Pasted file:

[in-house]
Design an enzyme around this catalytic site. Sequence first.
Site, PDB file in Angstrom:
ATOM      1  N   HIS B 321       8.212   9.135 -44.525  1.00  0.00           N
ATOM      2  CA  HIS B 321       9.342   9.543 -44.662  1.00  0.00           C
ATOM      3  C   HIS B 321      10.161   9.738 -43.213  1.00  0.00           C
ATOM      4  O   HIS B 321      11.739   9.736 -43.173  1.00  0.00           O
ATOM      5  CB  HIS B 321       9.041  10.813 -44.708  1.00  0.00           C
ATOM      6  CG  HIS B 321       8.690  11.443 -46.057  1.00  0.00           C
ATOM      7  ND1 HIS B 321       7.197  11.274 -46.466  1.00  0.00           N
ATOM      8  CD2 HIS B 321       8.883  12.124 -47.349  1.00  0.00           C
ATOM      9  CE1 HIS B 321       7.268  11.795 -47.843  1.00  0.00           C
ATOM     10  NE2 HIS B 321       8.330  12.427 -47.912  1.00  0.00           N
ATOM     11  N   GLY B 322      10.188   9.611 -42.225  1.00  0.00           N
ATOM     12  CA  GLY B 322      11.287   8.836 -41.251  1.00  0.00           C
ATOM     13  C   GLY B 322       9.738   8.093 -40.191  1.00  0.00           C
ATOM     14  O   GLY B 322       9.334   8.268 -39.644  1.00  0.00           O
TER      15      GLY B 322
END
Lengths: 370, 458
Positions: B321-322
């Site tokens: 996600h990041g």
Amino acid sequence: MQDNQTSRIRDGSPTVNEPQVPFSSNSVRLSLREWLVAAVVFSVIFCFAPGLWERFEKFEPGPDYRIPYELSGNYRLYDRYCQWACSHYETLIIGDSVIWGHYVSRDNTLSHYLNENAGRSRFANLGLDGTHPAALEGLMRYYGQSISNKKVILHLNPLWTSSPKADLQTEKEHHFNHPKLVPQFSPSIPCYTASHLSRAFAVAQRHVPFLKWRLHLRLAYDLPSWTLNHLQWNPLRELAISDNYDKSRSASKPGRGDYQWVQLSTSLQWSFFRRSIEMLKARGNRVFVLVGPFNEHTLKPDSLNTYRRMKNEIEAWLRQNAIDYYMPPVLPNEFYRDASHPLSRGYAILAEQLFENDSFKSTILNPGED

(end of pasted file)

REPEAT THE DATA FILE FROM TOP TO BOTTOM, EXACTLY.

[in-house]
Design an enzyme around this catalytic site. Sequence first.
Site, PDB file in Angstrom:
ATOM      1  N   HIS B 321       8.212   9.135 -44.525  1.00  0.00           N
ATOM      2  CA  HIS B 321       9.342   9.543 -44.662  1.00  0.00           C
ATOM      3  C   HIS B 321      10.161   9.738 -43.213  1.00  0.00           C
ATOM      4  O   HIS B 321      11.739   9.736 -43.173  1.00  0.00           O
ATOM      5  CB  HIS B 321       9.041  10.813 -44.708  1.00  0.00           C
ATOM      6  CG  HIS B 321       8.690  11.443 -46.057  1.00  0.00           C
ATOM      7  ND1 HIS B 321       7.197  11.274 -46.466  1.00  0.00           N
ATOM      8  CD2 HIS B 321       8.883  12.124 -47.349  1.00  0.00           C
ATOM      9  CE1 HIS B 321       7.268  11.795 -47.843  1.00  0.00           C
ATOM     10  NE2 HIS B 321       8.330  12.427 -47.912  1.00  0.00           N
ATOM     11  N   GLY B 322      10.188   9.611 -42.225  1.00  0.00           N
ATOM     12  CA  GLY B 322      11.287   8.836 -41.251  1.00  0.00           C
ATOM     13  C   GLY B 322       9.738   8.093 -40.191  1.00  0.00           C
ATOM     14  O   GLY B 322       9.334   8.268 -39.644  1.00  0.00           O
TER      15      GLY B 322
END
Lengths: 370, 458
Positions: B321-322
């Site tokens: 996600h990041g």
Amino acid sequence: MQDNQTSRIRDGSPTVNEPQVPFSSNSVRLSLREWLVAAVVFSVIFCFAPGLWERFEKFEPGPDYRIPYELSGNYRLYDRYCQWACSHYETLIIGDSVIWGHYVSRDNTLSHYLNENAGRSRFANLGLDGTHPAALEGLMRYYGQSISNKKVILHLNPLWTSSPKADLQTEKEHHFNHPKLVPQFSPSIPCYTASHLSRAFAVAQRHVPFLKWRLHLRLAYDLPSWTLNHLQWNPLRELAISDNYDKSRSASKPGRGDYQWVQLSTSLQWSFFRRSIEMLKARGNRVFVLVGPFNEHTLKPDSLNTYRRMKNEIEAWLRQNAIDYYMPPVLPNEFYRDASHPLSRGYAILAEQLFENDSFKSTILNPGED